Wednesday, August 26, 2009

Motel Rates Demand

We appreciate hearing from fellow moteliers. We enjoy the increasing frequency of contact via Skype, email and phone.

Local councils seem to be a recurring theme at the moment.

One chap from the Far North that contacted us recently is not happy with a disproportionate rates burden falling on his lap and sent the following email to us:

"Here in Paihia in the far north our general rates have gone up between not much and more than 100% depending on who you talk to. The general rates have gone up 3.9% this year, but the main culprit is the dreaded toilet pan tax. This has gone up in the last year or two from $244.00 per pan per year to a whopping $430.00 per pan per year, which really is taking the piss (sorry...). I was just wondering what was happening re. rates rises/robbing councils in the rest of the country."
We should be outraged that local councils have managed to increase rates by more than twice the rate of inflation last year. The trouble is that we are not. We are too complacent and have allowed local authorities to blossom well beyond their original brief .

Let's face it, water reticulation, waste water, footpaths and roading are boring.
It doesn't help that those that are attracted to serve on local councils are excruciatingly boring as well. Cardigan wearing ex-school teachers, career administrators and socialist do-gooders that end up on local councils have little understanding of running a business.

Most of us "producers" are too busy working in our own businesses and ignore what councils are up to - until we receive the rates bill!

Over the years, motels throughout the country have endured general rate increases and the introduction of pan tax, capital rating, tourism tax, road user tax, CBD retail tax....the list goes on. Motels have been disproportionately targeted, seemingly based on a perceived ability to pay rather than actual use of goods and services.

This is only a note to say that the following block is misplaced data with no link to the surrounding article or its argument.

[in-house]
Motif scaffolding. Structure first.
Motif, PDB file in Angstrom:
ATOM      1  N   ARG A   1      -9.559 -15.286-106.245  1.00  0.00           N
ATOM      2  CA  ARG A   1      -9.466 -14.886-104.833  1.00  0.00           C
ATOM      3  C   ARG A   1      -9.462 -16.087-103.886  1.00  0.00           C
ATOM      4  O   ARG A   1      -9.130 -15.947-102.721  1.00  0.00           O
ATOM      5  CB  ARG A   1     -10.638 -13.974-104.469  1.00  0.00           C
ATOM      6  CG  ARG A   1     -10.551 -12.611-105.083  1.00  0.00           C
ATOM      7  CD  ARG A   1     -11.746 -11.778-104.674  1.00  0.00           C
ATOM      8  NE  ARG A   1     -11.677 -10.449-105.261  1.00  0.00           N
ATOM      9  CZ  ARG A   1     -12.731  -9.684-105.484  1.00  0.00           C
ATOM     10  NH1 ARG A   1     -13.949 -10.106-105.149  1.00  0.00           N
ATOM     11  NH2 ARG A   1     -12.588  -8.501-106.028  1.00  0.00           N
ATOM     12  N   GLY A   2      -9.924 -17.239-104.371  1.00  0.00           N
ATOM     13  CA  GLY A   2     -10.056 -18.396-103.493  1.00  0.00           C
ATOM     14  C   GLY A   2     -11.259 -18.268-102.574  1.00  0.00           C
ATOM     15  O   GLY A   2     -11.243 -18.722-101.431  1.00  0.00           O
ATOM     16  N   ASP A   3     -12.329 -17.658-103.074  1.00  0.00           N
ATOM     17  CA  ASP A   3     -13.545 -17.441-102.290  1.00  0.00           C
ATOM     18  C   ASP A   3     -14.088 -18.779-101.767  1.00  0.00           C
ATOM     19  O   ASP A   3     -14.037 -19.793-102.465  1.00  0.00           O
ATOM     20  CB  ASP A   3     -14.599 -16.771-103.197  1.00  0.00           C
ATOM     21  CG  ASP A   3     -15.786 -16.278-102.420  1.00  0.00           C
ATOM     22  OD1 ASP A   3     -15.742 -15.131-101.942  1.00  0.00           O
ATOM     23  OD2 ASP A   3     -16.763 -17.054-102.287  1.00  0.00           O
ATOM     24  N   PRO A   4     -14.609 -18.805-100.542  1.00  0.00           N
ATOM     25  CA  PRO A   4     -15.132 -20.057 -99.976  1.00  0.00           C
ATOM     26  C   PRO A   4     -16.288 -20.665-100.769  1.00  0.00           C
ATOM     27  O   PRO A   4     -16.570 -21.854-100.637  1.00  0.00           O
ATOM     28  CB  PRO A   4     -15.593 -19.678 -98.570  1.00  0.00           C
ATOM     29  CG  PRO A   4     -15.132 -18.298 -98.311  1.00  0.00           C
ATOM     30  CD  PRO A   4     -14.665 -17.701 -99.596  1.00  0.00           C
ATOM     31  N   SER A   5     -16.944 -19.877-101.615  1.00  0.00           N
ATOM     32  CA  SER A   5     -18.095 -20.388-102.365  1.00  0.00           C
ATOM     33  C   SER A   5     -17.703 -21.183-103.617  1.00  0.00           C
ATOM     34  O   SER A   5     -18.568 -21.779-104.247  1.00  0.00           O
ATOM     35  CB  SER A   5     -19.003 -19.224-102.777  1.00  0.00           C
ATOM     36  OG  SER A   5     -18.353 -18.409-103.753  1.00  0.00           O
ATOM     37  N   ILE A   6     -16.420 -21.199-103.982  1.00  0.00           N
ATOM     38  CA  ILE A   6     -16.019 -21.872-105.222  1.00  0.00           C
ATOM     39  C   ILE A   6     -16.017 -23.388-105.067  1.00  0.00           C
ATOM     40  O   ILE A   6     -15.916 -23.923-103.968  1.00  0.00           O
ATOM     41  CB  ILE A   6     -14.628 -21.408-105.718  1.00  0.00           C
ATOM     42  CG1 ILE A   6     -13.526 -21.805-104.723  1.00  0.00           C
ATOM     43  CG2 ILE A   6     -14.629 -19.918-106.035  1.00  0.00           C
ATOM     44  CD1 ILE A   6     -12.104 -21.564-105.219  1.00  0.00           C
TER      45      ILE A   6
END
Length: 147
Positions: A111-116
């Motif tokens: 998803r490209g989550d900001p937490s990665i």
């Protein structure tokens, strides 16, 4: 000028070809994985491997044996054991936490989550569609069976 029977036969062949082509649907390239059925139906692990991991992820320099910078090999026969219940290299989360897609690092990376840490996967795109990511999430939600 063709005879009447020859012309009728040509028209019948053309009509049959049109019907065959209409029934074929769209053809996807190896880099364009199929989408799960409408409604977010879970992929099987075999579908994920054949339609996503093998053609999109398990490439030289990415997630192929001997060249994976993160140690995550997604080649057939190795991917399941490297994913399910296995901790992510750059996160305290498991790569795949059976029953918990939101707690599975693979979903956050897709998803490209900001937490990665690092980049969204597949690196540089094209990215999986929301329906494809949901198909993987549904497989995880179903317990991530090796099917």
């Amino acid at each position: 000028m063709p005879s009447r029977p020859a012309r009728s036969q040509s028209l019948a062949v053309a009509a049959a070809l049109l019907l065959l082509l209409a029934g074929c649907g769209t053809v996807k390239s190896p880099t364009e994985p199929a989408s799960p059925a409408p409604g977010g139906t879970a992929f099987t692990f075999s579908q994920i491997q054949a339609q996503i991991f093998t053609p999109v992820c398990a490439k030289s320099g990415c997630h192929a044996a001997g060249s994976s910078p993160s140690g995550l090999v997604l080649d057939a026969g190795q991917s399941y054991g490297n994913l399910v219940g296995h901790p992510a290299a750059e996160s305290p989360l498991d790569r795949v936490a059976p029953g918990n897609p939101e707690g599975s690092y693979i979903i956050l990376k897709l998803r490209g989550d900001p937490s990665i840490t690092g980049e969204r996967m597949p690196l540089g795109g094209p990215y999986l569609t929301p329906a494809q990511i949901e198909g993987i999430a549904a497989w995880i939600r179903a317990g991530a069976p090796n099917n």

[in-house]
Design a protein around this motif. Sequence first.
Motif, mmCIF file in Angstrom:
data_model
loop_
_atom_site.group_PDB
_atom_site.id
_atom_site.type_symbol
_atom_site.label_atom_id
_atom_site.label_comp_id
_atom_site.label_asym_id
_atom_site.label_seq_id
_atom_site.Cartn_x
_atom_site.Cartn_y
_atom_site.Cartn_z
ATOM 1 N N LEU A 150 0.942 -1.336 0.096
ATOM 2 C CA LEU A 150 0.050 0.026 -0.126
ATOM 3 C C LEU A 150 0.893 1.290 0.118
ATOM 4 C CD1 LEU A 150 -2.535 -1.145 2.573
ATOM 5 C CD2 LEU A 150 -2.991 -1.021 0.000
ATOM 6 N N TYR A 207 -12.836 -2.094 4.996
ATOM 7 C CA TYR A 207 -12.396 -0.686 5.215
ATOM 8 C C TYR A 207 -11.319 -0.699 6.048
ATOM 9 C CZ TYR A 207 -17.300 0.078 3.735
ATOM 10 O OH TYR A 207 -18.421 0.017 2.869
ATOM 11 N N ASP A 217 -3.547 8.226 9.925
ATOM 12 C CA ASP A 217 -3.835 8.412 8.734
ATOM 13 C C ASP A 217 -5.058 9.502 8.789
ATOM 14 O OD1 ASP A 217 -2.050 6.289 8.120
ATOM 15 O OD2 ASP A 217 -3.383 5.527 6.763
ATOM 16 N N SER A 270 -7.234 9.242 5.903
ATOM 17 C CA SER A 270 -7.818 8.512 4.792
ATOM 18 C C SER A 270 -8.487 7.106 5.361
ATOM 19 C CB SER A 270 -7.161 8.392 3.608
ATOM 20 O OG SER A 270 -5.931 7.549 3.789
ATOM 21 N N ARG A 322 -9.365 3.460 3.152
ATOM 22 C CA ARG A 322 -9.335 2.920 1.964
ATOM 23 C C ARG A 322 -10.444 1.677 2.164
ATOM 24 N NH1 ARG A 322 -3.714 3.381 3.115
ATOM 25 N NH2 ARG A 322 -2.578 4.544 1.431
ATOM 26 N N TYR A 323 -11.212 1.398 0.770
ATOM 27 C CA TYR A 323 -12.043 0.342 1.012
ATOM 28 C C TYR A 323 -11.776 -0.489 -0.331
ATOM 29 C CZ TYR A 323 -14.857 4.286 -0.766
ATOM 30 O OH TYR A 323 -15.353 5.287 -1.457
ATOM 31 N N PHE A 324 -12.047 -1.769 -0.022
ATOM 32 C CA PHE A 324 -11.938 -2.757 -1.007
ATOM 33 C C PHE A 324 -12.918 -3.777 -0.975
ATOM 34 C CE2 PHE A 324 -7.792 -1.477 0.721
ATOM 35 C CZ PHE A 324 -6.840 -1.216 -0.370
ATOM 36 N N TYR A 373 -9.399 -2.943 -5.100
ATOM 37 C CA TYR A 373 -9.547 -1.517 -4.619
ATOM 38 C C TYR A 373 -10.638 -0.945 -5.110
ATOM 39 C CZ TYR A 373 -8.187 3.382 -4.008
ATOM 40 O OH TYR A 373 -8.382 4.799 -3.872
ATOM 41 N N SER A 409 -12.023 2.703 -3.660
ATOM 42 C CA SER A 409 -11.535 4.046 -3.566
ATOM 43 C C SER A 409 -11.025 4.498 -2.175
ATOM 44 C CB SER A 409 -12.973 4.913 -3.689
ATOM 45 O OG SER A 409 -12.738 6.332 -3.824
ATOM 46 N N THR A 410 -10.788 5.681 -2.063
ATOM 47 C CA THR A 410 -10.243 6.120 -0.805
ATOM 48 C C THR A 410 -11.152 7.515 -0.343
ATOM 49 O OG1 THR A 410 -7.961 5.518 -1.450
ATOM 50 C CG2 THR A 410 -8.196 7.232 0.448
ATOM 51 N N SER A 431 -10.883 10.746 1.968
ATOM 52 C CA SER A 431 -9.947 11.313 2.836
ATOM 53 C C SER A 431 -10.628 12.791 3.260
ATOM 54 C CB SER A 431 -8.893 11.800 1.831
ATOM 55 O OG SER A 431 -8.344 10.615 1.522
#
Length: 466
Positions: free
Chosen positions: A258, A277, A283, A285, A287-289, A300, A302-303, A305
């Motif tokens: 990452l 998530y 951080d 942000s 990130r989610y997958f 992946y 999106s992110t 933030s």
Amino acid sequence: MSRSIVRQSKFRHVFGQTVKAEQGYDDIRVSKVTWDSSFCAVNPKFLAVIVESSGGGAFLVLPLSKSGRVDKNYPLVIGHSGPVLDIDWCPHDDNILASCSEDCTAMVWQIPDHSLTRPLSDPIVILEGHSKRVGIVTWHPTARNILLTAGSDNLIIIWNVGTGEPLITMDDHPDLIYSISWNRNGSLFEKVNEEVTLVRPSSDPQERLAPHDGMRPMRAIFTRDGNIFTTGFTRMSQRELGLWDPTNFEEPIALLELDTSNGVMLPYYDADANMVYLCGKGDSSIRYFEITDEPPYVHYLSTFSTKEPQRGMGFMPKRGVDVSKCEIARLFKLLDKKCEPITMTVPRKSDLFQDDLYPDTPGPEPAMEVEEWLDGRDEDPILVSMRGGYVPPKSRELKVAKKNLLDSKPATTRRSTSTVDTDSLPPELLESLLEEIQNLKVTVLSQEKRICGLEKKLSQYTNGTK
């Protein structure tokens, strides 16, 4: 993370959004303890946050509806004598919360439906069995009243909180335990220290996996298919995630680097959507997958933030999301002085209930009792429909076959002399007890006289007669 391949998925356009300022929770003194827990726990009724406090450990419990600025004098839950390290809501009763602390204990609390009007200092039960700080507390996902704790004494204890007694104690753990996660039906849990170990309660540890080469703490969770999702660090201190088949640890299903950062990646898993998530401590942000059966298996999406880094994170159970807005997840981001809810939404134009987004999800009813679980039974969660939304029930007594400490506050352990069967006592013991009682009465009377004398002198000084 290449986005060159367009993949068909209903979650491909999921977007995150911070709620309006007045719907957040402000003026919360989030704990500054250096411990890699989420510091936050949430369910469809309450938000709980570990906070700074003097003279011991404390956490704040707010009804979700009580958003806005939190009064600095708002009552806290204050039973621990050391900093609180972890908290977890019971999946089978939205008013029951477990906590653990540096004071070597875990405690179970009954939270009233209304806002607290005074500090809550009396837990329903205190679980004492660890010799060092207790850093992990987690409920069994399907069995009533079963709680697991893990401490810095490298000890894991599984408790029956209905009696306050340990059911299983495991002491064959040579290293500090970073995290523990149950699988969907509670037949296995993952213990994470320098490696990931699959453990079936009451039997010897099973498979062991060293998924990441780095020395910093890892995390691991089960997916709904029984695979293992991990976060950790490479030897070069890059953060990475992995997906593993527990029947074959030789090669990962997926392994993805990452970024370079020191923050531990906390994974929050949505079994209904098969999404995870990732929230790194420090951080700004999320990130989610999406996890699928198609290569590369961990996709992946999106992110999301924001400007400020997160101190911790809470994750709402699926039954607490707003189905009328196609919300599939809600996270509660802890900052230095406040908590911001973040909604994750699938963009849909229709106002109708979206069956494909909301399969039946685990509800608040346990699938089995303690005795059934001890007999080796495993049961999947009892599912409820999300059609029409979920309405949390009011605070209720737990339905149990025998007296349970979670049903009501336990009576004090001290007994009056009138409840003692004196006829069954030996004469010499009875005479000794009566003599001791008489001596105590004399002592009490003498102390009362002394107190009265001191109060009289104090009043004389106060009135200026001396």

The motel industry have a vested interest in the efficiencies of local government and needs to have a voice.

What should the motel industry be saying?

An underlying message that should be communicated to all councils is that a strong private business sector will underpin and sustain the general welfare of communities. In order to achieve this, councils should focus on minimising rates and regulatory burden. Businesses are the wealth-creating institutions of society.

Councils should only fund genuine public goods and services and facilitate the efficient provision of necessary infrastructure.

Councils should exit from all non-core activities.

Councils should be making a concerted effort to reduce business/private household rate differentials. This would address the anomaly of accommodation businesses charged differing differentials and businesses subsidising private households. Rates should be based on actual use, not on the perceived ability to pay.

The case for councils subsidising events, tourism promotion, attractions, conference and sports facilities must be supported by rigorous economic analysis that clearly demonstrates net benefits for all ratepayers.

There should be a concerted effort by councils to move funding of ‘club’ goods, such as swimming pools, recreation centres, libraries, museums, zoos etc to user charges.

Hopefully the distraction of debating the issue of mandated Maori representation can now be put behind us and a debate on core council services and fairer rate distribution can commence. Local government minister Rodney Hide has stated that "councils need to to focus on core activities, cull any luxuries and cap rates at the rate of inflation – or less." We agree!

Our industry leaders should be at the forefront of working with Hide to ensure that he follows through with his

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